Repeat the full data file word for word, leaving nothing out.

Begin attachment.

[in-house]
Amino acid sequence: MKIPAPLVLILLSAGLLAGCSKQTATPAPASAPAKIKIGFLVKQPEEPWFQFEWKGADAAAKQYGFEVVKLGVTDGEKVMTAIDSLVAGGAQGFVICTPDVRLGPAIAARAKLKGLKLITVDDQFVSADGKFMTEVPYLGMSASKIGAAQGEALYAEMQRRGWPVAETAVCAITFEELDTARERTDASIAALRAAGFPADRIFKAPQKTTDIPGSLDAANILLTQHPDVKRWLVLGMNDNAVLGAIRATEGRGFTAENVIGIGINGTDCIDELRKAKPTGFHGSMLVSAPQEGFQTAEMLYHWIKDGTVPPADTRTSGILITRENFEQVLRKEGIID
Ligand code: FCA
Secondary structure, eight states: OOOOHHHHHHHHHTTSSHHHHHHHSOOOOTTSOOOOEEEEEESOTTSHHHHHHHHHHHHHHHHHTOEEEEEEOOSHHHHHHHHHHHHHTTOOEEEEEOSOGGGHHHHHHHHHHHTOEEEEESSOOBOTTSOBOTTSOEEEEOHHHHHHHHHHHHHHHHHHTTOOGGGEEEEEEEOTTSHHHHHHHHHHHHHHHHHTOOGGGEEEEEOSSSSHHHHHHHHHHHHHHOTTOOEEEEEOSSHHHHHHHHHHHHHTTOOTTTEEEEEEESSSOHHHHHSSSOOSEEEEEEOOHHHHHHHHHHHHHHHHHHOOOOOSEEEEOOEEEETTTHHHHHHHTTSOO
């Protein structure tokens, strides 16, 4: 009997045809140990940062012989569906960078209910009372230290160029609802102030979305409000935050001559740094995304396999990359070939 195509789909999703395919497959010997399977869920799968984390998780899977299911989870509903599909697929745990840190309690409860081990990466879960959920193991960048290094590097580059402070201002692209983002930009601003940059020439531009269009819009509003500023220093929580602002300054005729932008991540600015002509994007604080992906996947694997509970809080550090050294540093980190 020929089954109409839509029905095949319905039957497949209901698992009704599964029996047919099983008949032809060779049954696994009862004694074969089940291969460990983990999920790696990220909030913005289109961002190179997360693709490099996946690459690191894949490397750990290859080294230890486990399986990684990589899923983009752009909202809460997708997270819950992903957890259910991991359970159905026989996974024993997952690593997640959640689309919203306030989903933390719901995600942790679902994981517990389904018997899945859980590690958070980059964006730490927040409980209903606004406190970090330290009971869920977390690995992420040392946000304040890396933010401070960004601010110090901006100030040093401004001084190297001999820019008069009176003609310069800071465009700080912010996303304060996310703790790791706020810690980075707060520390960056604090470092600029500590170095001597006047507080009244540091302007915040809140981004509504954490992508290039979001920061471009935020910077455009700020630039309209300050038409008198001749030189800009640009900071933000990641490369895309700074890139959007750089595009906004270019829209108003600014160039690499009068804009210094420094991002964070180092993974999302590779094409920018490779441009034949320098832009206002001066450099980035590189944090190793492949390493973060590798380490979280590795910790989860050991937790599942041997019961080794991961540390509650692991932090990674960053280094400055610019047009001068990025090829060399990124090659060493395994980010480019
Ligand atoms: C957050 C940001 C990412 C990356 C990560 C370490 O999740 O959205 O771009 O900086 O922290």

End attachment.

[in-house]
Amino acid sequence: MKIPAPLVLILLSAGLLAGCSKQTATPAPASAPAKIKIGFLVKQPEEPWFQFEWKGADAAAKQYGFEVVKLGVTDGEKVMTAIDSLVAGGAQGFVICTPDVRLGPAIAARAKLKGLKLITVDDQFVSADGKFMTEVPYLGMSASKIGAAQGEALYAEMQRRGWPVAETAVCAITFEELDTARERTDASIAALRAAGFPADRIFKAPQKTTDIPGSLDAANILLTQHPDVKRWLVLGMNDNAVLGAIRATEGRGFTAENVIGIGINGTDCIDELRKAKPTGFHGSMLVSAPQEGFQTAEMLYHWIKDGTVPPADTRTSGILITRENFEQVLRKEGIID
Ligand code: FCA
Secondary structure, eight states: OOOOHHHHHHHHHTTSSHHHHHHHSOOOOTTSOOOOEEEEEESOTTSHHHHHHHHHHHHHHHHHTOEEEEEEOOSHHHHHHHHHHHHHTTOOEEEEEOSOGGGHHHHHHHHHHHTOEEEEESSOOBOTTSOBOTTSOEEEEOHHHHHHHHHHHHHHHHHHTTOOGGGEEEEEEEOTTSHHHHHHHHHHHHHHHHHTOOGGGEEEEEOSSSSHHHHHHHHHHHHHHOTTOOEEEEEOSSHHHHHHHHHHHHHTTOOTTTEEEEEEESSSOHHHHHSSSOOSEEEEEEOOHHHHHHHHHHHHHHHHHHOOOOOSEEEEOOEEEETTTHHHHHHHTTSOO
């Protein structure tokens, strides 16, 4: 009997045809140990940062012989569906960078209910009372230290160029609802102030979305409000935050001559740094995304396999990359070939 195509789909999703395919497959010997399977869920799968984390998780899977299911989870509903599909697929745990840190309690409860081990990466879960959920193991960048290094590097580059402070201002692209983002930009601003940059020439531009269009819009509003500023220093929580602002300054005729932008991540600015002509994007604080992906996947694997509970809080550090050294540093980190 020929089954109409839509029905095949319905039957497949209901698992009704599964029996047919099983008949032809060779049954696994009862004694074969089940291969460990983990999920790696990220909030913005289109961002190179997360693709490099996946690459690191894949490397750990290859080294230890486990399986990684990589899923983009752009909202809460997708997270819950992903957890259910991991359970159905026989996974024993997952690593997640959640689309919203306030989903933390719901995600942790679902994981517990389904018997899945859980590690958070980059964006730490927040409980209903606004406190970090330290009971869920977390690995992420040392946000304040890396933010401070960004601010110090901006100030040093401004001084190297001999820019008069009176003609310069800071465009700080912010996303304060996310703790790791706020810690980075707060520390960056604090470092600029500590170095001597006047507080009244540091302007915040809140981004509504954490992508290039979001920061471009935020910077455009700020630039309209300050038409008198001749030189800009640009900071933000990641490369895309700074890139959007750089595009906004270019829209108003600014160039690499009068804009210094420094991002964070180092993974999302590779094409920018490779441009034949320098832009206002001066450099980035590189944090190793492949390493973060590798380490979280590795910790989860050991937790599942041997019961080794991961540390509650692991932090990674960053280094400055610019047009001068990025090829060399990124090659060493395994980010480019
Ligand atoms: C957050 C940001 C990412 C990356 C990560 C370490 O999740 O959205 O771009 O900086 O922290």